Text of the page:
Man Without Qualities

Tuesday, September 17, 2002

Paul Williams

The former Global Crossing headquarters is on the market for rather obvious reasons. It was designed by Paul Williams.

Every so often I am astounded in conversation by another Los Angeleno who is unaware of the legacy of Paul Williams. Paul Revere Williams is not exactly an obscure architect. But somehow there is a curious difficulty in presenting him as the real polymorphous genius he was. Maybe it’s the fact that, unlike many other architects, he commanded a stylistic vocabulary so broad that he cannot be classified. Part of his burden is that he was a "Southern California regional architect" before that category was big time - but he was much bigger than that category.

Williams designed the signature "theme restaurant" at the Los Angeles Airport in his later years, when he also advanced the "mid-century modern" domestic style in Palm Springs and the like, a style now again fashionable.

But many of the most successful "Spanish Colonial" or "Mission Revival" buildings in Southern California also sprang from his pen as early as the 1920's and thereafter. Williams designed for the upper crust and for corporations. And, of course, he designed many buildings which he could not easily visit after their construction was complete because he was African-American.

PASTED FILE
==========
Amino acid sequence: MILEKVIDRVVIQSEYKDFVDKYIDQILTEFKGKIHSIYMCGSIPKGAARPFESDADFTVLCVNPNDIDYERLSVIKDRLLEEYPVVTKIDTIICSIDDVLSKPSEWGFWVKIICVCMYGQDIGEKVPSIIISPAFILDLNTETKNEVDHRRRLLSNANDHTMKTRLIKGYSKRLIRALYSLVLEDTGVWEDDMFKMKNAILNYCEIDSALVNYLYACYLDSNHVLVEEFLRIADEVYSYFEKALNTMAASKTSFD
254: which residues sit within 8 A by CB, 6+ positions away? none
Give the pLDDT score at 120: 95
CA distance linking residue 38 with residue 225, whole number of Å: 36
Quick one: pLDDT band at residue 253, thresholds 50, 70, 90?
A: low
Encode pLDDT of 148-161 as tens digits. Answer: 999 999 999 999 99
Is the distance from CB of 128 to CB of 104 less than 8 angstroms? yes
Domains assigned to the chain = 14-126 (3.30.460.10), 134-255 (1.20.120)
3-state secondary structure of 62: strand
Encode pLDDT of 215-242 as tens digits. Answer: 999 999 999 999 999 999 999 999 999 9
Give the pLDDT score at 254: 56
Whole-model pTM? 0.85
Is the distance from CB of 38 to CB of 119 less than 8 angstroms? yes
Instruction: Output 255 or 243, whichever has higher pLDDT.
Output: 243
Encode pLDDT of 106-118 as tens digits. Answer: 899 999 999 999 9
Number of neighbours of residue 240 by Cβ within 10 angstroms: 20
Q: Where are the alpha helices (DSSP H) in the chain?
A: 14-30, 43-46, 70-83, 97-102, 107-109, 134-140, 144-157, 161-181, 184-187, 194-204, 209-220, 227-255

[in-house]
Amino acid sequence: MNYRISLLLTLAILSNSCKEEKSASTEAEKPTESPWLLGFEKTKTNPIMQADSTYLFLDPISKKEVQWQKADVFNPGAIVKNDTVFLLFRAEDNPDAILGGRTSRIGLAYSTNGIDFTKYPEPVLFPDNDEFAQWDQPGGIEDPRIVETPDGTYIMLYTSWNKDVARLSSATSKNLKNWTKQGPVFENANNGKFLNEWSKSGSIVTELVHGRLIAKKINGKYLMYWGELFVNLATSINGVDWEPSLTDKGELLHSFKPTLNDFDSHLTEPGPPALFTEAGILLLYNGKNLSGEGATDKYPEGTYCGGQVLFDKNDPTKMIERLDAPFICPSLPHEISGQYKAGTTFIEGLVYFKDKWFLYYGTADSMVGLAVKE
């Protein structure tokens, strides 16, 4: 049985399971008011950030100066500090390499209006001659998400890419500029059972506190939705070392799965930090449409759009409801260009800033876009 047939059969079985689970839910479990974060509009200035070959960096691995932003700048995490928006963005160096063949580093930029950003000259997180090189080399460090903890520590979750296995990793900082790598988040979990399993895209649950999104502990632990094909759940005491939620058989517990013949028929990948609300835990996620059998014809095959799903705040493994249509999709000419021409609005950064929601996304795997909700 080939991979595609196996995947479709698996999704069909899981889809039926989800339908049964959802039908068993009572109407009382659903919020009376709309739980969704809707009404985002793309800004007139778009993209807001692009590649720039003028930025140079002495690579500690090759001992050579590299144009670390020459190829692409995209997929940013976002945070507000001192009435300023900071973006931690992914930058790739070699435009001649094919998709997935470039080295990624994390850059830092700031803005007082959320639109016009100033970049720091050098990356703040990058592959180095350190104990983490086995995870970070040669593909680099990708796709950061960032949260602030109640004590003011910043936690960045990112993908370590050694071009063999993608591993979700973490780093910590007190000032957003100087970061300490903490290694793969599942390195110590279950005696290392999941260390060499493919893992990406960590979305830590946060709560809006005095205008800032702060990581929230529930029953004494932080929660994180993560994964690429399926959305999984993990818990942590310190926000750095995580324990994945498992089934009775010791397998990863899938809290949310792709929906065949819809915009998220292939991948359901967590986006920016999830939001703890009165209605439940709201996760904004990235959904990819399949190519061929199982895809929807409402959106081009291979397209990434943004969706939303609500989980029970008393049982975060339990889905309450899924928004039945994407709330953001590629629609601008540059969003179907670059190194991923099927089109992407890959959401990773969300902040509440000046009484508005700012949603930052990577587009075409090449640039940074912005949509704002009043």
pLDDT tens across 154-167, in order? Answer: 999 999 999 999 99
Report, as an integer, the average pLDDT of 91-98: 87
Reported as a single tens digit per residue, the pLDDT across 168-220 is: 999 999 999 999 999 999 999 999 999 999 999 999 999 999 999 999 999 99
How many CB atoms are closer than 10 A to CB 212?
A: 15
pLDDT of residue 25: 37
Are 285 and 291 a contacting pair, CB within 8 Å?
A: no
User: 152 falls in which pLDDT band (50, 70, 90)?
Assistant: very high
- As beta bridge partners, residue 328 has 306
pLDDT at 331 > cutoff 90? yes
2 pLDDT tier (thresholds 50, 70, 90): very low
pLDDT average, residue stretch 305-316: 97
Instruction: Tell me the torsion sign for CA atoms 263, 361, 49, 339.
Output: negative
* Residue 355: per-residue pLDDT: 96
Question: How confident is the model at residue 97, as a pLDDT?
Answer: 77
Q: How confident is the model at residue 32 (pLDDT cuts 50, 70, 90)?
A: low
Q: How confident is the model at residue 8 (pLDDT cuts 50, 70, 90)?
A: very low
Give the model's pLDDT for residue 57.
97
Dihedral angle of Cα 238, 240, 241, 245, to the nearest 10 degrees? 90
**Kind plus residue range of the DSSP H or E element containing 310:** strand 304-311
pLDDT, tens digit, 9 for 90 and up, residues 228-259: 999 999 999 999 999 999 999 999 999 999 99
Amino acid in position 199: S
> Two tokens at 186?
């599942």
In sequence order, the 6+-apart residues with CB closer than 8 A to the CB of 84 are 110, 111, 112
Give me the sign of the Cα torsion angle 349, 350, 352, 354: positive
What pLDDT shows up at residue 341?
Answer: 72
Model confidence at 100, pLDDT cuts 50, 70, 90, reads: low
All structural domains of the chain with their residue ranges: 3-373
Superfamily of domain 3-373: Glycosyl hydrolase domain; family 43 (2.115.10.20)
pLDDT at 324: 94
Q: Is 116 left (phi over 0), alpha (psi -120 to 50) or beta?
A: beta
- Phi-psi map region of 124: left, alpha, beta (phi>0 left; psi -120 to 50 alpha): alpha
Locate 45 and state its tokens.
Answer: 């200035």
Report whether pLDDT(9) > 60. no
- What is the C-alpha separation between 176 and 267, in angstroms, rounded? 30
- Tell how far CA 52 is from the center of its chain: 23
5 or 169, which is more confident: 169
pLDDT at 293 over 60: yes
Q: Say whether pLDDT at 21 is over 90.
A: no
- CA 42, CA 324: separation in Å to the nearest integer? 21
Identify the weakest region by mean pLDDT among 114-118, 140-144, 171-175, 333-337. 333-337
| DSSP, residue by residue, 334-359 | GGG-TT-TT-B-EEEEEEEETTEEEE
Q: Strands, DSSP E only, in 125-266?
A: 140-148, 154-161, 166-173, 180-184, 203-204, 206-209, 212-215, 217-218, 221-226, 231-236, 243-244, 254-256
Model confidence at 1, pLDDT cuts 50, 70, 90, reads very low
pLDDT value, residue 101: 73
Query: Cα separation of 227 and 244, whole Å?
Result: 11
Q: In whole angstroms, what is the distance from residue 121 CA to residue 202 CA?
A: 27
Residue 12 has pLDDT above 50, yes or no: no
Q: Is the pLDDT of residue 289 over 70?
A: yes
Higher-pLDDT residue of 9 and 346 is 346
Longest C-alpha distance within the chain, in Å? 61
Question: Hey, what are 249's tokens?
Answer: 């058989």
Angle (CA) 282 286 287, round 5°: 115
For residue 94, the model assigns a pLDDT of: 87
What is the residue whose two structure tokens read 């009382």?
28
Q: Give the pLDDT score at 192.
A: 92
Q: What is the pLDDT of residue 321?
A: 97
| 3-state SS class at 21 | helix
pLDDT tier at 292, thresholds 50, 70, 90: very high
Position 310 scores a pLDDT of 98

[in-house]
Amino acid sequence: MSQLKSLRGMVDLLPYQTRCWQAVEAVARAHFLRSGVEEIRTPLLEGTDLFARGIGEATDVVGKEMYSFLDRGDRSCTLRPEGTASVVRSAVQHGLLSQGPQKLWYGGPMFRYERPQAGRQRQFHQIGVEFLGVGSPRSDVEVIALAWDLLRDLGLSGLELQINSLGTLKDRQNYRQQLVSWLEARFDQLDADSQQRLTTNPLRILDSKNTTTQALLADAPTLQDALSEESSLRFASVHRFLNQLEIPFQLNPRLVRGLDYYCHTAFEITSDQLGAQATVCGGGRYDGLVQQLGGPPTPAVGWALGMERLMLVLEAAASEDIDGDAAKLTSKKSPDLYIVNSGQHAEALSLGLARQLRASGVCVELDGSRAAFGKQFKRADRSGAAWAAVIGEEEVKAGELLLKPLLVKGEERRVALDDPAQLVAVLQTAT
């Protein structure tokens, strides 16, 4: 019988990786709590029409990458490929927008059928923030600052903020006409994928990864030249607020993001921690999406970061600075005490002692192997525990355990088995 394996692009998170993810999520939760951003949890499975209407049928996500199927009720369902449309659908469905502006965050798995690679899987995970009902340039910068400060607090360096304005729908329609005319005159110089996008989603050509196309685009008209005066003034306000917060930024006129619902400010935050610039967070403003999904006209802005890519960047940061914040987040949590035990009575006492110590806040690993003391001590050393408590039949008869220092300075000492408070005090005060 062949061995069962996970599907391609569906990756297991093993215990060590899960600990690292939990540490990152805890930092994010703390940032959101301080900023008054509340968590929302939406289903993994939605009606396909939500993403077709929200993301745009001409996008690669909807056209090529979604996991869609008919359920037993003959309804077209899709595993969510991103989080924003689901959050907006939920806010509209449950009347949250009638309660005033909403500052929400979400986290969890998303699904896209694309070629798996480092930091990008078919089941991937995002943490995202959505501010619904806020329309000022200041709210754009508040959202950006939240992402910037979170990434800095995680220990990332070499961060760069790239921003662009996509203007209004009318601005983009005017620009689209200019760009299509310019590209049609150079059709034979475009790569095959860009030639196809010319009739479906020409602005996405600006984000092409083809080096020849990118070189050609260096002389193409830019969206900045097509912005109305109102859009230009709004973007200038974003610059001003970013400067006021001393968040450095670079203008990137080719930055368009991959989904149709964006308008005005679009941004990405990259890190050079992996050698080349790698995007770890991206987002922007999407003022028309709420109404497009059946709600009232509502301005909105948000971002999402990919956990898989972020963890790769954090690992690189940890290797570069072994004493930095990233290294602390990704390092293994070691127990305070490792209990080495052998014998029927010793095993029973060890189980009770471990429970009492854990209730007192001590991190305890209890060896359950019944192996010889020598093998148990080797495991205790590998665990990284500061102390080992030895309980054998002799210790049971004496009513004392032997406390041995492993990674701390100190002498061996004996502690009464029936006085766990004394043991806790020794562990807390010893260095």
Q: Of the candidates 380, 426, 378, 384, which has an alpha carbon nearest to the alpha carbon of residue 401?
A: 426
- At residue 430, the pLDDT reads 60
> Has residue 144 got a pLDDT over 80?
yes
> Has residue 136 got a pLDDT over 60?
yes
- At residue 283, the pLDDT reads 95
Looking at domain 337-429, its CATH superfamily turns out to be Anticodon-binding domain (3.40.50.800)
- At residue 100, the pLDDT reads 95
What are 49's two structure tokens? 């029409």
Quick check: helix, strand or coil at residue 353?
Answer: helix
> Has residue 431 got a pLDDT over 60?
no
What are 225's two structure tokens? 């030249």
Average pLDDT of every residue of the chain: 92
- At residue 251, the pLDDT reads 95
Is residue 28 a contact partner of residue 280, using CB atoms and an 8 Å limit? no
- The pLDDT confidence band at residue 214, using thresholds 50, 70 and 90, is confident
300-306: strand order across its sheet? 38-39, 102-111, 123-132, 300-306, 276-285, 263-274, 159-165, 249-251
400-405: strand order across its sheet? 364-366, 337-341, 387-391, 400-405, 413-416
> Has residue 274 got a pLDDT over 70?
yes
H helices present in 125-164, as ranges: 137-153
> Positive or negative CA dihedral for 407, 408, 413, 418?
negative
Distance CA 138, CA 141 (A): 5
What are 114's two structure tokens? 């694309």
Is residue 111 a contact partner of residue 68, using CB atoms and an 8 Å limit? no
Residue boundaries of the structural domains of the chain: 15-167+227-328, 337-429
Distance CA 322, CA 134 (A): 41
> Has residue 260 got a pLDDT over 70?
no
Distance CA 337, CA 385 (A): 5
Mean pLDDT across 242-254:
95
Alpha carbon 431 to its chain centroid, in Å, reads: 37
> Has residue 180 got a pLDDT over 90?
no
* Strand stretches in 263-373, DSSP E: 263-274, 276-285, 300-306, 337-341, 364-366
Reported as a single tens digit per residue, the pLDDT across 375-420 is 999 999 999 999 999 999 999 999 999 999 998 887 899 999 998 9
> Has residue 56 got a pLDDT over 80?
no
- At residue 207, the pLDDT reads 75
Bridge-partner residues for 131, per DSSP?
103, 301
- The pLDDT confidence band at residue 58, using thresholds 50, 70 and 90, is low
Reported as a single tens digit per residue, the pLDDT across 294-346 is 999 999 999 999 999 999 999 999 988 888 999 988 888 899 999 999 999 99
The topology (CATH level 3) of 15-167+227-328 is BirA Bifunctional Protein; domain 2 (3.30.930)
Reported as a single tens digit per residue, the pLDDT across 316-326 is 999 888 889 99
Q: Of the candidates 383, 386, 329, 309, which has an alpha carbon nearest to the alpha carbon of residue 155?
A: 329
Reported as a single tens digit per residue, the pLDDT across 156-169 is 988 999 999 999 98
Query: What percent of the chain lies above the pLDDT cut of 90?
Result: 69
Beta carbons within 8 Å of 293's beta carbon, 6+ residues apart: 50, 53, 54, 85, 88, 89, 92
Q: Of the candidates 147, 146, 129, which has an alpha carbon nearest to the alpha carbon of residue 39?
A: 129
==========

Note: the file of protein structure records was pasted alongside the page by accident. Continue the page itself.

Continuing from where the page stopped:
There is a fascinating feel to Paul Williams' buildings. The genius of their geometry somehow expresses a spirit of integrity and accommodation and a total lack of the bitterness that one easily finds in modern architecture. I have never felt Williams' geometry and space - and their relationship to larger social issues - has been sufficiently analyzed. The same cannot be said, for example, with respect to Frank Lloyd Wright. I don't really think that the architecture schools - and the architecture establishment - understand how big Williams really was.

Nearly every day I walk near my house past homes designed by Frank Lloyd Wright and Paul Revere Williams, and I think about that. Maybe someday I'll try to do something about it.

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